Perching Birds

Gray Catbird Gray Catbird
Plegadis falcinellus


8-9 1/4" (20-23 cm). Smaller than a robin. A slender, long-tailed, dark gray bird with black cap and rusty undertail coverts.


Thickets and brush, residential areas and gardens.


4 or 5 glossy blue-green eggs in a bulky mass of twigs, stems, and leaves, lined with finer plant material and concealed in a dense bush or in a tangle of vines.


Breeds from British Columbia, Manitoba, and Nova Scotia south to Washington, Texas, and Georgia. Winters from Carolinas and Gulf Coast southward, small numbers occur regularly to southern New England.


A long, irregular succession of musical and mechanical notes and phrases; a cat-like mewing. Sometimes seems to mimic other birds.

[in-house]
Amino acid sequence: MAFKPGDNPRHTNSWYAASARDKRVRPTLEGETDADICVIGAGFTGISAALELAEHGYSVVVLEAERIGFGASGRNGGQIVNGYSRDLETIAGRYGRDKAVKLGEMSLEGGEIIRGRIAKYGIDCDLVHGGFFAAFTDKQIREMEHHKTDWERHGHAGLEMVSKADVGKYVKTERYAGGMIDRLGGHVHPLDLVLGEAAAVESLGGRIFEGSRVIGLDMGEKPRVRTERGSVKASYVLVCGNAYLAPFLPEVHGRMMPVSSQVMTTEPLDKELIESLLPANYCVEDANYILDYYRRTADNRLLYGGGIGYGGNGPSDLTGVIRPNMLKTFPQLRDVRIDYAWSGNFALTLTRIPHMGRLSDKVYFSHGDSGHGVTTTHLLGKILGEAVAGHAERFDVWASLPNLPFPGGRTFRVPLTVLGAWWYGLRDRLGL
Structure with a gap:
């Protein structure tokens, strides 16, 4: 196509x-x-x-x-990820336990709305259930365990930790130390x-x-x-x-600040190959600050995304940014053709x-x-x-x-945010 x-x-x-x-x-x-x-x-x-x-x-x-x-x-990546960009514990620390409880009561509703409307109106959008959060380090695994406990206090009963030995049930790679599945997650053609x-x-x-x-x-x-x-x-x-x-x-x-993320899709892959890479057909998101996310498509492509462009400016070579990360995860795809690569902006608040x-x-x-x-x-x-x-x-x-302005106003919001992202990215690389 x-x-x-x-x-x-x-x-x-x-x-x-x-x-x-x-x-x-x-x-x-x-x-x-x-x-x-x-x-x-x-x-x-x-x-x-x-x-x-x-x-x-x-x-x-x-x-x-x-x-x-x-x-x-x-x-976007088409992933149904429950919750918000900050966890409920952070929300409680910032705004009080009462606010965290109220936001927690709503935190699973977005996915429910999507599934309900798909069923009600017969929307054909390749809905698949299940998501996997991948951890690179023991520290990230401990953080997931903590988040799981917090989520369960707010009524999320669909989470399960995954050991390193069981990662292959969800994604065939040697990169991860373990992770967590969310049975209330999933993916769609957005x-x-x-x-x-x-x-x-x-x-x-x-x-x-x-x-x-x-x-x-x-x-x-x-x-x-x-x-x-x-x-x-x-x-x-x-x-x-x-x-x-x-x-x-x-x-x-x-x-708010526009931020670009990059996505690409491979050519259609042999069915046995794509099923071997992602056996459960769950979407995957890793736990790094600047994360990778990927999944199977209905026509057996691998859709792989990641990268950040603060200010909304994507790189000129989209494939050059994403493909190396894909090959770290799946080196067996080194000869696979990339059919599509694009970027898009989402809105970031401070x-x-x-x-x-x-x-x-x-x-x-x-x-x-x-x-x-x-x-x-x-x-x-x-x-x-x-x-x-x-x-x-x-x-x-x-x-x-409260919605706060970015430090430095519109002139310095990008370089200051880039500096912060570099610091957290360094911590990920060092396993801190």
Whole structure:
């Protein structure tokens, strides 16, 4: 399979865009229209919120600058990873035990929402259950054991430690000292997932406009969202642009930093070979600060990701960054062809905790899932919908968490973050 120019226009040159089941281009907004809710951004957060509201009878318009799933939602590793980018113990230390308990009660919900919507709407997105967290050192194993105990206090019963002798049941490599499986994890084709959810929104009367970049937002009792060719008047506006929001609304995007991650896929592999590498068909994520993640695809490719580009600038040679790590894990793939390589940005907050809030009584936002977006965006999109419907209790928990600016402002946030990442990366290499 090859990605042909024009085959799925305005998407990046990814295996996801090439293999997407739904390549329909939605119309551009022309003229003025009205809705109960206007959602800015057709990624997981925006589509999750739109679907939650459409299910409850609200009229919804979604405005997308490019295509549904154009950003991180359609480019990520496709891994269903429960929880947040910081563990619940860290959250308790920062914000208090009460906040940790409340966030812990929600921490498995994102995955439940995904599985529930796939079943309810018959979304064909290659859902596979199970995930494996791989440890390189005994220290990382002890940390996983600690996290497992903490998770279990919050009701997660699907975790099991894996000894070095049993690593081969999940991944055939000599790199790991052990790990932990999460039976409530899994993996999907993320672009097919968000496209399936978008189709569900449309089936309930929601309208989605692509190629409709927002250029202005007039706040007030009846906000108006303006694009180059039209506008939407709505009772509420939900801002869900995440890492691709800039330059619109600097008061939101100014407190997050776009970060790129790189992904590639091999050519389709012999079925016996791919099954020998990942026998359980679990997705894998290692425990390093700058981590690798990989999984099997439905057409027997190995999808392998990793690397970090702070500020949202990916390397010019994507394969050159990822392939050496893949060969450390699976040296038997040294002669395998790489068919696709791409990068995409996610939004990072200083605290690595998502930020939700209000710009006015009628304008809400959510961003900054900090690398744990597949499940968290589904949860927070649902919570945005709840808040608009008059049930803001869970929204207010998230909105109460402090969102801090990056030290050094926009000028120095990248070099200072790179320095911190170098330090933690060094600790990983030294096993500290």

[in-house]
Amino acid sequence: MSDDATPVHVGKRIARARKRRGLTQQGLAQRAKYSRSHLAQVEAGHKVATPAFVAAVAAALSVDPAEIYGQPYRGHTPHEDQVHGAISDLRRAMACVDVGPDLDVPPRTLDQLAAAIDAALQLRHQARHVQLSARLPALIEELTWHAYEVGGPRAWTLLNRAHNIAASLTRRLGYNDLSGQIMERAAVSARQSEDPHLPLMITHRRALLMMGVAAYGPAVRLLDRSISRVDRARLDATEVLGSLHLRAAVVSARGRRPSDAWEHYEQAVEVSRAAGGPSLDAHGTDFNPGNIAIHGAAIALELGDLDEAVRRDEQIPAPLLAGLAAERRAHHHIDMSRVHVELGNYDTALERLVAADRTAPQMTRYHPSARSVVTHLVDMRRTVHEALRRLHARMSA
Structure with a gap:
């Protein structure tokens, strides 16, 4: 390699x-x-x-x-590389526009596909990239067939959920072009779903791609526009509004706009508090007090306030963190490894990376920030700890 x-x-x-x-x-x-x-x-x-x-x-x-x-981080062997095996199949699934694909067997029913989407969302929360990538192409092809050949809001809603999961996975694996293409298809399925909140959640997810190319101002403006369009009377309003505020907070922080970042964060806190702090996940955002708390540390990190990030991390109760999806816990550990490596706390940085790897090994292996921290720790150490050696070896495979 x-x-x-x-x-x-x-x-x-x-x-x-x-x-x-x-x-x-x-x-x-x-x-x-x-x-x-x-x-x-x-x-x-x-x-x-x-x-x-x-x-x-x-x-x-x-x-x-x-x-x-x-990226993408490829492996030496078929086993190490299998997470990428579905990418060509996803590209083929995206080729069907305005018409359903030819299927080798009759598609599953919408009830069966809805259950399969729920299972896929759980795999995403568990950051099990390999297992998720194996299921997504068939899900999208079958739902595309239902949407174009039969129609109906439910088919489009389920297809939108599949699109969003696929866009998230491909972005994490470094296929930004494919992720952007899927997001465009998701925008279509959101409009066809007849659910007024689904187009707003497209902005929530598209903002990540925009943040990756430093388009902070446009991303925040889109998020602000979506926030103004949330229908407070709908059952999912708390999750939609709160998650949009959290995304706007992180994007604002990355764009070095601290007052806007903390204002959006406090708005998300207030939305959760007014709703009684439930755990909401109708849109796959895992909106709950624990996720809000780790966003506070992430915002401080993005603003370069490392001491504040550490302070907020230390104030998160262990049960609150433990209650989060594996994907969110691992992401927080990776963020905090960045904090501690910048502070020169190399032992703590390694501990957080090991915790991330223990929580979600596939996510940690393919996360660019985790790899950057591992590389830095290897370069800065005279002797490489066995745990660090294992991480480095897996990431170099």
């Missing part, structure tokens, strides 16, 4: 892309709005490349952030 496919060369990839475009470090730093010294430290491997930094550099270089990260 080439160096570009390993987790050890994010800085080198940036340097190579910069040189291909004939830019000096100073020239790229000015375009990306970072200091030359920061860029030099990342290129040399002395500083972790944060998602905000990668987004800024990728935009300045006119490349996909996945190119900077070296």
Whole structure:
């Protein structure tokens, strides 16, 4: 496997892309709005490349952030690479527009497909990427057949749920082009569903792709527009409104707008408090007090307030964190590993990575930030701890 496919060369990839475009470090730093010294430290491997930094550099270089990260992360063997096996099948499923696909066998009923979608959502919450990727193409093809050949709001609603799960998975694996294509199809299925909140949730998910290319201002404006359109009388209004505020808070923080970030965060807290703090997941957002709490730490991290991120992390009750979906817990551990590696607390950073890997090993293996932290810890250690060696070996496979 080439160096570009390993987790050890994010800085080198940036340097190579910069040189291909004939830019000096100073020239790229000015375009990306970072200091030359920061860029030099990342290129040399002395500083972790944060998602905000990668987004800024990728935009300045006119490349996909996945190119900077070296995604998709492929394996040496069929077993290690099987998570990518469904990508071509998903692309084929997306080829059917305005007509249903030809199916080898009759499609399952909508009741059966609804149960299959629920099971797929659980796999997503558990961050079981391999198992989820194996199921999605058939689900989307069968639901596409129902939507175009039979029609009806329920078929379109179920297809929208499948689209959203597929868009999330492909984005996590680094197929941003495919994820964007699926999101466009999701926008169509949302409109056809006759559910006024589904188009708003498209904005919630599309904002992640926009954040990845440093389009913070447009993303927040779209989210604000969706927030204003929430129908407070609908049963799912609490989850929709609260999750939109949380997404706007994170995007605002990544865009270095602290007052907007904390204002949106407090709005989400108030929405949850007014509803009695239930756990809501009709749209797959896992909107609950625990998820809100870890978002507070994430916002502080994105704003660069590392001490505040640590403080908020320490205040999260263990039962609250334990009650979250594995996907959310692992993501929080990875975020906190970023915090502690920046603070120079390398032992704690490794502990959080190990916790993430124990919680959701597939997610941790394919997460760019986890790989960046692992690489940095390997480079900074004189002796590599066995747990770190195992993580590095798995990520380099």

Gray Catbird


This bird is often seen in suburban gardens. It forages mainly on the ground, gleaning insects from litter and low bushes and eats fallen berries during late summer and fall. It does not uncover litter with its feet like a sparrow but pokes with its bill, turning leaves and twigs to find the food underneath. Formerly known simply as the "Catbird," this bird has had its name changed officially to Gray Catbird because there is an all-black species, the Black Catbird (Melanoptila glabrirostris), in southern Mexico. It often announces its presence by a harsh, cat-like whine issuing from a dense tangle of vegetation; the bird responds to an imitation of this call, popping suddenly into view for a better look.